Van Buren Elementary School has a secure, modern-looking entrance that voters agreed to pay for in a 2006 referendum.
By contrast, the entrance to Lincoln Elementary School looks like a regular door that’s marked “main entrance.” It’s secure, but after being buzzed in, visitors must walk down a long hallway, past instructional areas, and turn left to reach the office. Those who get lost could have “free roam” of the halls if a staff member doesn’t find them, Principal Shawn Galvin said.
Representatives of Forward Janesville, the city’s chamber of commerce, got a firsthand look Tuesday at what a proposed $22.5 million capital referendum would do for some city schools.
They toured Van Buren Elementary, which would receive little from the referendum, and Lincoln Elementary, which needs large-scale improvements, including replacement of its 60-year-old boiler system.
In coming weeks, the chamber’s board of governors likely will issue a statement supporting the capital referendum and the district’s $37 million operational referendum, both of which go to voters Nov. 3.
Mail-in ballots will play a bigger role because of the pandemic, so the chamber hopes to issue an opinion soon, said Dan Cunningham, vice president of government relations and education.
Tuesday was a chance to get a more realistic idea of the needs, he said.
“We just wanted to learn more because you hear these numbers talked about, and you see the tax impact and everything, and you say, ‘OK, what is this actually going to do?’” Cunningham said. “So it allows our group to kind of put images to the numbers a little bit. Hopefully this will help them conceptualize to see what this money is actually going to be spent on.”
In his 14 years at Forward Janesville, Cunningham said he doesn’t remember a time when the group didn’t support a referendum because it views education as vital to the community.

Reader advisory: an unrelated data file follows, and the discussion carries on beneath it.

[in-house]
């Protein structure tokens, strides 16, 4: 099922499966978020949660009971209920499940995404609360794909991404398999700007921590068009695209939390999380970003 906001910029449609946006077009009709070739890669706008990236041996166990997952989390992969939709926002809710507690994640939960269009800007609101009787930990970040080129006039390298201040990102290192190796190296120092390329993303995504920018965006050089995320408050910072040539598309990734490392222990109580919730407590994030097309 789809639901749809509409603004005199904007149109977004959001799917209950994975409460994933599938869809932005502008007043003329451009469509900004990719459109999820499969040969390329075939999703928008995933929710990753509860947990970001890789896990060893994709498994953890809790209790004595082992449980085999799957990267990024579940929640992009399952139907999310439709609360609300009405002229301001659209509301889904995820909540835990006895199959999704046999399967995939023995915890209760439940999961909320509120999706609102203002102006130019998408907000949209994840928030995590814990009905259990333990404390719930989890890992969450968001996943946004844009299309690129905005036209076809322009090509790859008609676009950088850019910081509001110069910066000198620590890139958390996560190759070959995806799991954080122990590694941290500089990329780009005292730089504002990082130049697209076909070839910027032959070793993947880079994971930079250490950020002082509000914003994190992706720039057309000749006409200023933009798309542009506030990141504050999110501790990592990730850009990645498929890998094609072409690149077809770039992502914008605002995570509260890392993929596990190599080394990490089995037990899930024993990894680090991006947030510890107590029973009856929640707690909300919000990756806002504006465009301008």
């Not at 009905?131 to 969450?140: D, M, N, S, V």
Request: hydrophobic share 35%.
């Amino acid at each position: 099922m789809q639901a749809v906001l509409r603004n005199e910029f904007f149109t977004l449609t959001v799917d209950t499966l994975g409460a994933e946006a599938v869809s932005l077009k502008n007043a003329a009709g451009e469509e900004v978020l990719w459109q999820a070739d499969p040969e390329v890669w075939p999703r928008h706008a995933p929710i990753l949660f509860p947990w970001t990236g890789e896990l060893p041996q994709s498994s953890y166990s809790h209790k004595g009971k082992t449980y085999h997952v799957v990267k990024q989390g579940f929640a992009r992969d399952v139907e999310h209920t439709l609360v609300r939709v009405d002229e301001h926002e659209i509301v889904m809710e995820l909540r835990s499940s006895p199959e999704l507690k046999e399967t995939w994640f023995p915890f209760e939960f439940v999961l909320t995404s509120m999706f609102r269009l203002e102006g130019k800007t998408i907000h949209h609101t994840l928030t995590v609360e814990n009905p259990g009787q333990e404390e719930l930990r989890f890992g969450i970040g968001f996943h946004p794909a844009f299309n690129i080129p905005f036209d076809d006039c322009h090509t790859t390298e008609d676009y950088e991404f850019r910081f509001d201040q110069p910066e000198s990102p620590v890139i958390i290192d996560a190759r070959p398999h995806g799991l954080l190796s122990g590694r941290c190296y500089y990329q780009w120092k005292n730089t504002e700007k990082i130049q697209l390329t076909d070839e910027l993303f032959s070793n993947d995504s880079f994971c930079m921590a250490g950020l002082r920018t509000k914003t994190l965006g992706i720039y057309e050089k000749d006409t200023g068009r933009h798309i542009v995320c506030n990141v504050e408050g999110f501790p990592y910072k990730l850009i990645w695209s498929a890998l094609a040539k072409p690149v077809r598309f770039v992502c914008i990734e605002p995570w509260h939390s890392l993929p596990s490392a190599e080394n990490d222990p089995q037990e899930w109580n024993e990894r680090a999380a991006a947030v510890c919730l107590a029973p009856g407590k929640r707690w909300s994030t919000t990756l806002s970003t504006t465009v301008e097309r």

About $19.5 million of the $22.5 million the capital referendum seeks would be used to create secure school entrances, where visitors would be buzzed in to a secure space and talk to office staff before entering the school.
The remaining $3 million would be used to replace old boiler systems and for maintenance.
Superintendent Steven Pophal on Tuesday called the capital referendum a “very limited” referendum with an “exclusive focus.”
Pophal said the district has about $130 million in projects that need to be done, but officials wanted to be fiscally responsible in their initial proposal.
Van Buren Principal Stephanie Pajerski said her school’s secure entrance, built after a 2006 referendum, created a safer environment and is “one of the nicest” entrances in the school district. She said she hopes to see similar entrances at all school buildings, including Lincoln.
Another issue at Lincoln is the lack of space for students who are being dropped off or picked up.
“We are no longer a walk-to-school community, so pickup and drop-off get dangerous,” said Galvin, the principal.
Pophal told Forward Janesville representatives that he understands the concern about a referendum during the COVID-19 pandemic. But he said both the operational and capital projects are needs, not wants.
“We really believe strongly that a referendum was the right thing to do right now, even though it might seem like it’s not,” he said. “We’re in a pandemic, and we’ve got a lot of unpredictability and a lot of uncertainty.
“But the reality is we’re going to have to move forward with reductions if we don’t have a referendum that passes, and we really feel like this referendum is about an opportunity for the community to weigh in and make that decision, really, about what do you value.”
Dave Holterman, chairman of the government relations council for Forward Janesville, also sits on the Milton School Board. He said he likely would support the referendum after seeing the needs.
He was glad district officials identified security and essential maintenance as top priorities.
“I think they’re spot-on with secure entrances and then piggybacking on that with boilers, because they’re dealing with equipment that’s 50, 60, 70 years old,” Holterman said. “I don’t feel like it’s controversial to say to the public, ‘We need stuff that’s safe, something that’s able to meet the needs of our kids.’”
William Dean Brushwood
Louise Mills Fish
Richard T. Henning
Otis Leslie Johnson
Roger L. Kunz
Eldeen “Dean” Lewison
Rosemary “Rosie” Pakes
Tens of thousands of Rock County residents probably will vote absentee in the presidential election, numbers never seen before, local officials said Tuesday.
Janesville City Clerk-Treasurer Dave Godek and Rock County Clerk Lisa Tollefson said they will need more poll workers than they had in the two previous elections held during the coronavirus pandemic in April and August.